Your steel is only for crack control and continuity and the steel will be serviceable for many years.

The durability will depend on the conditions (temperature, moisture and freeze/thaw cucles per year). Just because it is ugly and does not look like good concrete does not mean it will fall apart in 5 or 10 years. There is a class of very ugly, porous concrete that is used intentionally and has good durability.

If you can live with the appearance, I would leave it in place and remove it down the road when it is no longer serviceable.

Dick
 
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Old 07-12-06, 11:13 AM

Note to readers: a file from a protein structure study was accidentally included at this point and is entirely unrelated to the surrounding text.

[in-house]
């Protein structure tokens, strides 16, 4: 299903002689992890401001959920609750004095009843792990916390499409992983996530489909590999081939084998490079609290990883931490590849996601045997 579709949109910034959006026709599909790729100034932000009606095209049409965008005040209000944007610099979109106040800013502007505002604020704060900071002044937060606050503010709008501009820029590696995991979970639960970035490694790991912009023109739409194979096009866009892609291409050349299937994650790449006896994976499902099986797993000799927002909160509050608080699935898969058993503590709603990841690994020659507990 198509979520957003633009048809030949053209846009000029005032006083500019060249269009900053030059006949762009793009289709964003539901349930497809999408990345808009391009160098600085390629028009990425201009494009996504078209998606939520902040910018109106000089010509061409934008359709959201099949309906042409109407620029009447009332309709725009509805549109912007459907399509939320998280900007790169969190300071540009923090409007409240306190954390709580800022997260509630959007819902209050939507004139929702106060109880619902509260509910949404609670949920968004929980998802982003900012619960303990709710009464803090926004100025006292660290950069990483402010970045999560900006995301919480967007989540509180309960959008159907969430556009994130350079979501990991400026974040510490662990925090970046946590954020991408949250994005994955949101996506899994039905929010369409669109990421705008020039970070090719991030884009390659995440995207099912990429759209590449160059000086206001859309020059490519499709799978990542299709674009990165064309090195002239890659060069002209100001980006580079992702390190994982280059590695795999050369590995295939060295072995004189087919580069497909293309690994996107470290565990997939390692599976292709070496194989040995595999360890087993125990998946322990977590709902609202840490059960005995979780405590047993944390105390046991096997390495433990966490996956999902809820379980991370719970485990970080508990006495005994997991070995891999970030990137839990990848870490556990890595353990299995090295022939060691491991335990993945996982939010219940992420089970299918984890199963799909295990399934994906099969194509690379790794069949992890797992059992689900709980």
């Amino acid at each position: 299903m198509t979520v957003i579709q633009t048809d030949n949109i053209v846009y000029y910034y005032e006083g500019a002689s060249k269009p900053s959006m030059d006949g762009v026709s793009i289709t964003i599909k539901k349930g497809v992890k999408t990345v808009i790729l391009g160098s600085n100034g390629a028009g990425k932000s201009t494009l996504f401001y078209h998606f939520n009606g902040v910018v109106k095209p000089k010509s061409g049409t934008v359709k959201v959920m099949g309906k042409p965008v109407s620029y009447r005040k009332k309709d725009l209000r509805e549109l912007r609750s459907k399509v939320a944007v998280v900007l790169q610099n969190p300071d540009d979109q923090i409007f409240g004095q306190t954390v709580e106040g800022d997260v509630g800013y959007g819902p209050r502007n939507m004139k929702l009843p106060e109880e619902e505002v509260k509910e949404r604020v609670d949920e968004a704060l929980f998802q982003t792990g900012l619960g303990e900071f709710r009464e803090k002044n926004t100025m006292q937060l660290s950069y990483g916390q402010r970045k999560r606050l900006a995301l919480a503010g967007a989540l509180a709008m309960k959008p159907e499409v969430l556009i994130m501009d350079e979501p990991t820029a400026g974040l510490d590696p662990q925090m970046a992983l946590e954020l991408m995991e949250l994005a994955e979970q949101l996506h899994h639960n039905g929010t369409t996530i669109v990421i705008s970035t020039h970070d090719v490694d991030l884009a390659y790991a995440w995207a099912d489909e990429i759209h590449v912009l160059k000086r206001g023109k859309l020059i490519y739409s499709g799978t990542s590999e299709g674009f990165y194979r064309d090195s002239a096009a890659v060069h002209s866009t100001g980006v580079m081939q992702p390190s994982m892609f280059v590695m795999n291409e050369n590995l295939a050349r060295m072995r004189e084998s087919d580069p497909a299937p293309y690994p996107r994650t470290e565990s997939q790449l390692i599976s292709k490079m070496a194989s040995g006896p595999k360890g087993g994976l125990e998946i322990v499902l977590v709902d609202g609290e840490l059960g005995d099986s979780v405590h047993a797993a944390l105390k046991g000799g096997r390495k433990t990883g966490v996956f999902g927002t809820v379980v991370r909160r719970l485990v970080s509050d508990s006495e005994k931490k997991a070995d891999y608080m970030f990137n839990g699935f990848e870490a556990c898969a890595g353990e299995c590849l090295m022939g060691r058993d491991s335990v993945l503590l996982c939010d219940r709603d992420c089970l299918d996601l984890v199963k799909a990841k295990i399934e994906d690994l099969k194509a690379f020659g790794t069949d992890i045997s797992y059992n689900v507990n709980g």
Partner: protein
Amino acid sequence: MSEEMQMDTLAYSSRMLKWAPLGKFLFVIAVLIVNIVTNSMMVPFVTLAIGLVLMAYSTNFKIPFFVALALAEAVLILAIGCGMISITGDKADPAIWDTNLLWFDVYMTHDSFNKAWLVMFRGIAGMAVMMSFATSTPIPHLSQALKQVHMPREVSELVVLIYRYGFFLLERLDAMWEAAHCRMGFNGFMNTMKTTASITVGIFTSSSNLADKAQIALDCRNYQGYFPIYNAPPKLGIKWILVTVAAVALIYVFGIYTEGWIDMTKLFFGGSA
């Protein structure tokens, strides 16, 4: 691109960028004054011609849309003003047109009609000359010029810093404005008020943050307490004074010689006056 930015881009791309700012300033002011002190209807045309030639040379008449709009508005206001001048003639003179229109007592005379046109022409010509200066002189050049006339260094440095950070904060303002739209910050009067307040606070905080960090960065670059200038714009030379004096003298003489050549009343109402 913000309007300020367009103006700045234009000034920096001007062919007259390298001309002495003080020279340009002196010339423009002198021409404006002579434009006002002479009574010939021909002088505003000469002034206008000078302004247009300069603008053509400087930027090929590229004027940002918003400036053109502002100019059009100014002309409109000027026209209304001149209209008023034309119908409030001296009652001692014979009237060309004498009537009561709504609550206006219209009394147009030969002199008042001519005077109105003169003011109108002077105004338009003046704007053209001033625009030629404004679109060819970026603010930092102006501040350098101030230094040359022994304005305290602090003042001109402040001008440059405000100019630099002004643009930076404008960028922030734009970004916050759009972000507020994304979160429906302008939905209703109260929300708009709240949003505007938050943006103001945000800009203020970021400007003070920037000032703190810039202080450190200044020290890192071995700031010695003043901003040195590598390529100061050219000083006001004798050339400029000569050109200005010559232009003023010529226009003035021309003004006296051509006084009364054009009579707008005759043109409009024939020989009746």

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the dimensions are about 4x4.

the oven will be roughly the same dimensions and it will be permanetly fixed to this slab.

replacing the slab down the road is not an option as it would mean destroying the whole thing.

if i had mixed it with more water, would it last longer?
 
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Old 07-12-06, 02:50 PM
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Only 4x4?

If it were mine, I'd bust it up in a heartbeat and try again. This can't require more than 4-6 sacks, depending on how big they are. Concrete takes several weeks to reach its full strength, the sooner you get started the easier it will be. I bet you can salvage the rebar. Use at least a ten pound sledge hammer. WEAR EYE PROTECTION!!